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Pregiving

 

Techniques General persuasion > Sequential requests > Pregiving

Description | Example | Discussion | See also

 

Description

Before you ask a person for something, first give them some kind of reward or do them a favor.

This does not have to be a physical item. A pregiving message is something that is said to create a sense of obligation in the other person by saying something that makes them feel good.

The request may be delayed, as long as the person remembers and responds to your later request.

Example

Would you like a sweet? Now can I show you the introduction video?

Thanks for stopping by. Could you tell me how much you have to spend?

You look wonderful. I've just the dress for you. Could you try this on?

Discussion

Pregiving is intended to trigger the reciprocity norm, creating a sense of obligation through the need to complete an exchange. The giving beforehand makes the person feel they should respond by giving something in return, which is of course what you want to receive.

When you give a person something before they act, they may just take the reward and not comply with your request. Yet while some people may do this (typically children and teenagers), the social pressures to reciprocate are so high that few in practice will act this way.

For pregiving to work, the target has to believe that the gift is an altruistic act and not related to the later request.

Boster et al (1995) found that strangers would be more likely to buy raffle tickets if they had been giving a pregiving message, while friends were equally likely to comply whether pregiving was used or not.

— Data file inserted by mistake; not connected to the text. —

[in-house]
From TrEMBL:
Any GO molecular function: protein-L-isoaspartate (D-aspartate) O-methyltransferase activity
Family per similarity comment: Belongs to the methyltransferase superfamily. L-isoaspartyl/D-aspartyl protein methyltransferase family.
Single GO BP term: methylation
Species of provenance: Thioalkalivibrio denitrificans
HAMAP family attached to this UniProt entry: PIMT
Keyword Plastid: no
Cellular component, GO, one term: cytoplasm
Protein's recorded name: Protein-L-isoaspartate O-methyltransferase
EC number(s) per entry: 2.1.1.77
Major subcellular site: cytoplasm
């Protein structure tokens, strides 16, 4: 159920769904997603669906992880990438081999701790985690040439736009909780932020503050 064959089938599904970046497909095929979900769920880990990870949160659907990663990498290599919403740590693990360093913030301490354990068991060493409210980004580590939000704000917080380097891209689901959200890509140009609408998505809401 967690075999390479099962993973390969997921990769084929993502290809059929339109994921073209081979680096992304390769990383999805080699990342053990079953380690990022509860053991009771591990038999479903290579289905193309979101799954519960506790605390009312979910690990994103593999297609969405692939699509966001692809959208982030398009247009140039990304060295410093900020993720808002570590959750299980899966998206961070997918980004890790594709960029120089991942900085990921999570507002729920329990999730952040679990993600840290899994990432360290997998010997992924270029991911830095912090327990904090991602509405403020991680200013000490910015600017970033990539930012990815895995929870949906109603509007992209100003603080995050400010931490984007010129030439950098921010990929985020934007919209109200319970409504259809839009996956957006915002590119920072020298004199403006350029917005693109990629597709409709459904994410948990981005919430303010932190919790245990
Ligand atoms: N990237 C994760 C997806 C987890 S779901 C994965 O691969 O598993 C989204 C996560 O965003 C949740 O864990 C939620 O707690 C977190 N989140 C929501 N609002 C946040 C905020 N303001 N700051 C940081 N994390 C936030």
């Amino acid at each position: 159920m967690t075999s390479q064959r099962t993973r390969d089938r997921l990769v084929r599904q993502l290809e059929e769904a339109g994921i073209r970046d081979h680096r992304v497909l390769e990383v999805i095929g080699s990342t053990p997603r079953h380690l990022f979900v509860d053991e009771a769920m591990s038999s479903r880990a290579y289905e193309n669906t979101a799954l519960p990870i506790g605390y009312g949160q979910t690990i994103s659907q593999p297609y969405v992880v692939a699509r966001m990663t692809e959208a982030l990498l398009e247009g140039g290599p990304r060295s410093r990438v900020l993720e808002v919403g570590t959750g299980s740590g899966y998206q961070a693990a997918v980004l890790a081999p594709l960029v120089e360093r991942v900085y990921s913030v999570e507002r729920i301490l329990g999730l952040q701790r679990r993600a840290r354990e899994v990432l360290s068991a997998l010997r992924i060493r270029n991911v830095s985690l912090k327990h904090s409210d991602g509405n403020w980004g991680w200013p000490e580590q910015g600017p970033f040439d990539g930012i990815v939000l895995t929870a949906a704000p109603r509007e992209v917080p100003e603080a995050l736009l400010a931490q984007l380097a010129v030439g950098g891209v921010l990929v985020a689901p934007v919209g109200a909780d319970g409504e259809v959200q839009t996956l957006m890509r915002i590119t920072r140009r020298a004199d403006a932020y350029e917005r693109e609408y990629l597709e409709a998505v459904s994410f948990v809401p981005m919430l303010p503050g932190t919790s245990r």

Pregiving is best when the request is social and in alignment with values. Boster, Fediuk and Kotowski (2001) tried using pregiving to get a person to perform an anti-social act (not reporting an exam cheat) and found this did not work.

Generally be careful when pregiving, especially if the reward you are giving is significant or where there is no opportunity for the other person to be socially punished if they do not respond to your request.

See also

Obligation principle, Exchange principle

 

Boster, F.J., Rodriguez, J.I., Cruz, M.J. and Marshall L. (1995). The Relative Effectiveness of a Direct Request Message and a Pregiving Message on Friends and Strangers, Communication Research, 22, 4, 475-484.

Boster, F.J., Fediuk, T.A. and Kotowski, M.R. (2001) The effectiveness of an altruistic appeal in the presence and absence of favors, Communication Monographs, 340-346.

Regan, Dennis T. (1971). Effects of a Favor and Liking on Compliance. Journal of Experimental Social Psychology. 7, 627-639.

 

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